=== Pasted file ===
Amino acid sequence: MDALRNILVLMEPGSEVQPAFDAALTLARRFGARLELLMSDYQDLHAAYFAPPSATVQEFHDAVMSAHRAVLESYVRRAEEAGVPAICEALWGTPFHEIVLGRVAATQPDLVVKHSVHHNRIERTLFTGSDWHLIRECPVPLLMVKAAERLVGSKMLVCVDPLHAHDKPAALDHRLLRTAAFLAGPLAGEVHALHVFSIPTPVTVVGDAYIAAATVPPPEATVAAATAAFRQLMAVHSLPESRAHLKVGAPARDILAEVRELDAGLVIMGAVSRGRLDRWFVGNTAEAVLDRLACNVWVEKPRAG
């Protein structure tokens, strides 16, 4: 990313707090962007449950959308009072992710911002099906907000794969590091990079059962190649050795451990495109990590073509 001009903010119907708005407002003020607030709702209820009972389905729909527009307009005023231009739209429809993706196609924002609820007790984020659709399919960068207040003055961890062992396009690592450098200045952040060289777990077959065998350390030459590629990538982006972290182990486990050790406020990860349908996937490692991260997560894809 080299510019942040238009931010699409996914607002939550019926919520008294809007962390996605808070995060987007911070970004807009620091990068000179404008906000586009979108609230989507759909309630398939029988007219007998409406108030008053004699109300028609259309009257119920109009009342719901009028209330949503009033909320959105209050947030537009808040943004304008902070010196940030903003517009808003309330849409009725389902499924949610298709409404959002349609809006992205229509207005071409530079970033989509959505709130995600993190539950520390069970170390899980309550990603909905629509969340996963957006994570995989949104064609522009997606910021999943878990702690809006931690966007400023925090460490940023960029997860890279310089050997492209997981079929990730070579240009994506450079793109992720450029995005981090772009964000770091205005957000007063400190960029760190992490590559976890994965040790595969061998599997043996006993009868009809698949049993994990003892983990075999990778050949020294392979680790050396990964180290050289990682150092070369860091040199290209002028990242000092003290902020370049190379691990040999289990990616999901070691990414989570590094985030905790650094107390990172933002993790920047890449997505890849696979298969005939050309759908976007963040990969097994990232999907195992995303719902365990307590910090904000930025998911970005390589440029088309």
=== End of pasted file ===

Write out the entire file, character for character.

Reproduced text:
Amino acid sequence: MDALRNILVLMEPGSEVQPAFDAALTLARRFGARLELLMSDYQDLHAAYFAPPSATVQEFHDAVMSAHRAVLESYVRRAEEAGVPAICEALWGTPFHEIVLGRVAATQPDLVVKHSVHHNRIERTLFTGSDWHLIRECPVPLLMVKAAERLVGSKMLVCVDPLHAHDKPAALDHRLLRTAAFLAGPLAGEVHALHVFSIPTPVTVVGDAYIAAATVPPPEATVAAATAAFRQLMAVHSLPESRAHLKVGAPARDILAEVRELDAGLVIMGAVSRGRLDRWFVGNTAEAVLDRLACNVWVEKPRAG
């Protein structure tokens, strides 16, 4: 990313707090962007449950959308009072992710911002099906907000794969590091990079059962190649050795451990495109990590073509 001009903010119907708005407002003020607030709702209820009972389905729909527009307009005023231009739209429809993706196609924002609820007790984020659709399919960068207040003055961890062992396009690592450098200045952040060289777990077959065998350390030459590629990538982006972290182990486990050790406020990860349908996937490692991260997560894809 080299510019942040238009931010699409996914607002939550019926919520008294809007962390996605808070995060987007911070970004807009620091990068000179404008906000586009979108609230989507759909309630398939029988007219007998409406108030008053004699109300028609259309009257119920109009009342719901009028209330949503009033909320959105209050947030537009808040943004304008902070010196940030903003517009808003309330849409009725389902499924949610298709409404959002349609809006992205229509207005071409530079970033989509959505709130995600993190539950520390069970170390899980309550990603909905629509969340996963957006994570995989949104064609522009997606910021999943878990702690809006931690966007400023925090460490940023960029997860890279310089050997492209997981079929990730070579240009994506450079793109992720450029995005981090772009964000770091205005957000007063400190960029760190992490590559976890994965040790595969061998599997043996006993009868009809698949049993994990003892983990075999990778050949020294392979680790050396990964180290050289990682150092070369860091040199290209002028990242000092003290902020370049190379691990040999289990990616999901070691990414989570590094985030905790650094107390990172933002993790920047890449997505890849696979298969005939050309759908976007963040990969097994990232999907195992995303719902365990307590910090904000930025998911970005390589440029088309």